Sorry for the back-to-back Sarah Palin jokes. I’m done now.

Anyways, so Kedougou is like a different world. Below you will find a map of Senegal. I am being wildly high tech and fancy doing this, but I feel like this post requires visual aids in order for it to be understood properly.

Okay, so Kedougou is that city really far away in the bottom right corner. I drove from Kaolack to Tambacounda, which took over four hours. We stopped in Tamba to stretch our legs, and then we moved on and drove the four hours to Kedougou. After we left Tamba, the world suddenly changed. We entered the Niokolo-Koba National Park, which is a World Heritage Site that is so insanely beautiful that I forgot where I was for a second. It’s so incredibly green, and there was MOUNTAINS. I saw warthogs frolicking and baboons (TONS of baboons) running across the road. They’d be chillin’ in the middle of the road, and our driver would get so mad because they wouldn’t move as he honked furiously.

Luckily, we only had one car problem, which arose as we were entering the city itself. We were crawling at a snail’s pace.

Us: Um, chauffeur. What the hell? Why are we going so slowly? It’s hot.
Driver: We ran out of gas.
Us: Oh…is that why we’re COASTING down this hill?
Driver: Yes.

Finally, we puttered to a stop right on the outskirts of town. The driver took a can and walked to the nearest gas station. As we waited, I decided to walk to the nearest boutique to buy water. I quickly encountered a problem when no one in the building spoke Wolof. I had stepped into Pulaar country and completely forgot. I did everything in French, which was bizarre. Good practice for France though, I guess. Luckily, I did find a lot of people who spoke a little Wolof, so I could easily get around.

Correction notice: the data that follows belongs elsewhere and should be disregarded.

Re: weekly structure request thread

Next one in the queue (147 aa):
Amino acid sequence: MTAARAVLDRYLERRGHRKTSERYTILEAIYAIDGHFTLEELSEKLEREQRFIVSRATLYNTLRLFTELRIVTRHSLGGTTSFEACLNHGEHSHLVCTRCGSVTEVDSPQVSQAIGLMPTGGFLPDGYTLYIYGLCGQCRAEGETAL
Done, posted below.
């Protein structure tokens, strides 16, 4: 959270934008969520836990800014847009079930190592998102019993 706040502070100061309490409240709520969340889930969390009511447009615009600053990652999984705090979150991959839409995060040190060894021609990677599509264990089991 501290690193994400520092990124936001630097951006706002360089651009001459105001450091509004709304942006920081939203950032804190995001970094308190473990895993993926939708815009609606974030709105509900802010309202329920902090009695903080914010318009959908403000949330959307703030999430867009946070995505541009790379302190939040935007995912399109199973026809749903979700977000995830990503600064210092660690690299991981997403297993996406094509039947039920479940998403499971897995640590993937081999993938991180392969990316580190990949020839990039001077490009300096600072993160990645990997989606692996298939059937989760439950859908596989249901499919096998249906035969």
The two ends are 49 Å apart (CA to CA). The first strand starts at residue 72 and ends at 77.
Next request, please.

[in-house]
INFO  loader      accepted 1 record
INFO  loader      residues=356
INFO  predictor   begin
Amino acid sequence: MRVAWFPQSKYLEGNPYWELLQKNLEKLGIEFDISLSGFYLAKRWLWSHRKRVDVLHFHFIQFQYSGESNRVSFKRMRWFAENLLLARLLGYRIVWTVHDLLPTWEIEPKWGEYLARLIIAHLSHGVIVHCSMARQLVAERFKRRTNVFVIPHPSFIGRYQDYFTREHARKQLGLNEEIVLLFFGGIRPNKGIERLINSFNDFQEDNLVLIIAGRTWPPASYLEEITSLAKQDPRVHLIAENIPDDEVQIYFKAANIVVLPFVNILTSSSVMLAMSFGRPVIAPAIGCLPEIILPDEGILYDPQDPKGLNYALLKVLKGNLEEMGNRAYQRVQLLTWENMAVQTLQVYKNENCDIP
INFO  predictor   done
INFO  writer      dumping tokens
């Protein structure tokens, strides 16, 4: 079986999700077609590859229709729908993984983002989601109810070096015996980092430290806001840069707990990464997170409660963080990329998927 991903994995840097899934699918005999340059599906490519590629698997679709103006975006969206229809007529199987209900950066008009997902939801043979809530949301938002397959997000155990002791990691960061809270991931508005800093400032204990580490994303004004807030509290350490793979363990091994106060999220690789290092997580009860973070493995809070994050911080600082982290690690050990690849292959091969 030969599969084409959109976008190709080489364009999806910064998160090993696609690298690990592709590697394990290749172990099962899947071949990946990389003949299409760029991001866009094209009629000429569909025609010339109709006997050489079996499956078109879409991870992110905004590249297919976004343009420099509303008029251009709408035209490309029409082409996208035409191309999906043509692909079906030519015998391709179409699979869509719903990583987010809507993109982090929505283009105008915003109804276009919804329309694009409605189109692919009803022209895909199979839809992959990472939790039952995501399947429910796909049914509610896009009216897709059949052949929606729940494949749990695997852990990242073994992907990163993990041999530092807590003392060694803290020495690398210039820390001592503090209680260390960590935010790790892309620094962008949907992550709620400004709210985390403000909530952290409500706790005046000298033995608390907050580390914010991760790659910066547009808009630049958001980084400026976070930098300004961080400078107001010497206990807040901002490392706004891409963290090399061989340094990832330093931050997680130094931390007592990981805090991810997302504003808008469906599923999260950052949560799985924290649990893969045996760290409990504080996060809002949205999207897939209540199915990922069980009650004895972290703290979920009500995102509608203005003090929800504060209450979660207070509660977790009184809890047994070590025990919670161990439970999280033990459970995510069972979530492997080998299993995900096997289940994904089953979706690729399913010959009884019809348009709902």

Kedougou is an interesting town. It’s not very big, but it’s really spread out. There are no taxis, so you either have to walk or ride your bike. I was told this beforehand, so I brought my bike with me.

The 4th of July was really fun. We all hung out at the Kedougou regional house. Two pigs were roasted, and there was lots of delicious food. We set off fireworks, which was scary. It was probably the funnest (yes, FUNNEST) party I have ever been to.

The next day, we all walked down to the Gambia River to go swimming. We forded the river, which was scary as hell because the current was REALLY strong. Like, my friend got whisked away and had to grab a tree branch in order to stop herself. Several people lost shoes and other items.